Practice Marketing: Virtual Events

Hosting a Virtual Event

Many aesthetic practices and medspas have already embraced video as an effective marketing tool. Videos posted on your YouTube channel and website allow you to introduce prospective patients to your staff, services and facility. They are also valuable patient-education tools. But you can take video one step further and offer virtual events that allow you to both educate and create a personal connection with attendees. Virtual events, such as live-streaming videos and webinars, combine the power of video and open house events. Patients in a wide geographic range can learn about new procedures and interact with the presenter through text chats or post-presentation Q&A sessions. Even better, once the live event has ended, the video or webinar files can be uploaded and shared for continued exposure.

There are a variety of platforms that can be used to host your virtual event, including GoToWebinar, Facebook Live, Zoom, iMeetLive, Google+ Hangouts and many more. Before choosing a platform and planning an event, gain experience by attending a couple of online events. Have your staff also familiarize themselves with virtual events. Then, set up a meeting to analyze as a team the good and bad points of the virtual events you have attended to make your own event the best it can be.

Planning Your Event

The first step is to decide what type of event you want to host. Typically, virtual events are most effective when they focus on a single procedure or type of equipment or a specific aesthetic concern. Next, you will need to choose your platform and set a date. I recommend that you start planning at least four to eight weeks prior to the date of the event. This will give you enough time to plan and market your event so that it looks professional and attracts a good number of attendees.

Once you have a date set, developing a timeline is very important. Make sure to include the smallest details. Most events are live, so you’ll need to create a script and rehearse your performance in front of your iPhone or camera. Not everyone is comfortable in front of a camera. Practice can help increase your comfort level or you may decide that you're more comfortable with a PowerPoint presentation where you can share slides and prerecorded procedure videos. Attendees can still ask questions and interact during the event.

If you are hosting a live stream video event, you will need a tripod and you may need to invest in additional lighting. Check the sound quality of your recording device—many practitioners use their smart phones, tablets or computers to film and broadcast.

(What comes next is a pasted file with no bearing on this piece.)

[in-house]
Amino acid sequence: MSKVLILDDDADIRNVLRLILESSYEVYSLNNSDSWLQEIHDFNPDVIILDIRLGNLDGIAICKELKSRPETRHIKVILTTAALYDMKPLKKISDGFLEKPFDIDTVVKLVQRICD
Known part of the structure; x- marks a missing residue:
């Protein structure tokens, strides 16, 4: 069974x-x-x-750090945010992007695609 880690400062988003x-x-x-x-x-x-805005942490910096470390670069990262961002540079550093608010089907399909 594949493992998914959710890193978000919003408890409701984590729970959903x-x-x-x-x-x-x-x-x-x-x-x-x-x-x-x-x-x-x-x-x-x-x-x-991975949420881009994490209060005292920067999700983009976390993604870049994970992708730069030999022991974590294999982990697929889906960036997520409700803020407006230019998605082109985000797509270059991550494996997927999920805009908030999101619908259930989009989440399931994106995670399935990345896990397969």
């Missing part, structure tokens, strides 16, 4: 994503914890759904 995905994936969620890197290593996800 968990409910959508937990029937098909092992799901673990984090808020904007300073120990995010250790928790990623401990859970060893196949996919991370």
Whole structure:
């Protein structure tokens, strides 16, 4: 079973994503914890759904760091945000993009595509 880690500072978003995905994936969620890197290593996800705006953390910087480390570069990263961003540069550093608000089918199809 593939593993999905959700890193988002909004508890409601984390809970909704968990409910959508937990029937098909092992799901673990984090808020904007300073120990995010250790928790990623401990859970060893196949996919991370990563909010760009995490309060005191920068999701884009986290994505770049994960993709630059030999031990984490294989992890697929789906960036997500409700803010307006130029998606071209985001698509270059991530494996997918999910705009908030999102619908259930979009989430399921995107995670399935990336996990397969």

If you will be working with a script on the day of the event, there is a free teleprompter app called SmartPrompt that uses smart voice recognition scrolling. This means that it listens to your voice as it scrolls through your script, pausing when you pause and continuing when you continue.

If you feel uncomfortable—and/or find that it looks unnatural—to speak directly into a camera, have a staff member stand behind the camera. This allows you to speak to the other person and get live visual feedback, which can make your performance look more natural.

Marketing Your Event

Start marketing your event as soon and as often as possible. Most virtual event registrants come from a business’ internal database, so market first to your patients. Call your VIP patients first and then send out an email blast to your database. If you are a startup practice, you can buy email lists and mailing lists to help jumpstart your database.

Post and distribute flyers promoting the event in your practice and share it on your social media pages and practice website.
If the virtual event platform you are using doesn’t track registrants, you can send invites through online services, such as Evites, Minted, Paperless Post, Punchbowl or Greenvelope, that offer trackable RSVPs. Incentivize invitees to respond by offering a value-added gift such as a product sample at their next visit or a discount on their next procedure. You can also offer a raffle prize that will be awarded to one attendee during or the day following the event.

As the day of the event approaches, follow a formal re­minder schedule. Reminders should be sent out a week before the event, the day before and one hour before the event. Remember to include a link to join your event on
all reminders.

Event Follow-Up

Following the event, it is important to capture leads to maximize ROI. Create a post-event email blast for attendees and registrants before the event so it’s ready to go immediately after. Thank them for coming and include any promised value-added specials as well as a post-event survey. This helps you determine the success of the event, gather testimonials and identify areas for improvement. Sample questions you can ask in the survey are: “Would you attend another event?” and “Would you share this event with a friend?”

Virtual events can be very effective and profitable marketing tools. They allow you to interact with patients in the comfort of their own homes and are much more affordable than open house events. In addition, they can live on through your YouTube channel and practice website, where they continue to attract and educate prospective patients about your services. Virtual events require picking up new skills and investigating new technologies, but the payoff makes it well worth the effort.

Cheryl Whitman is founder and CEO of Beautiful Forever, an aesthetic business consulting firm. Contact her at 877.772.6334, [email protected].

Image copyright Getty Images

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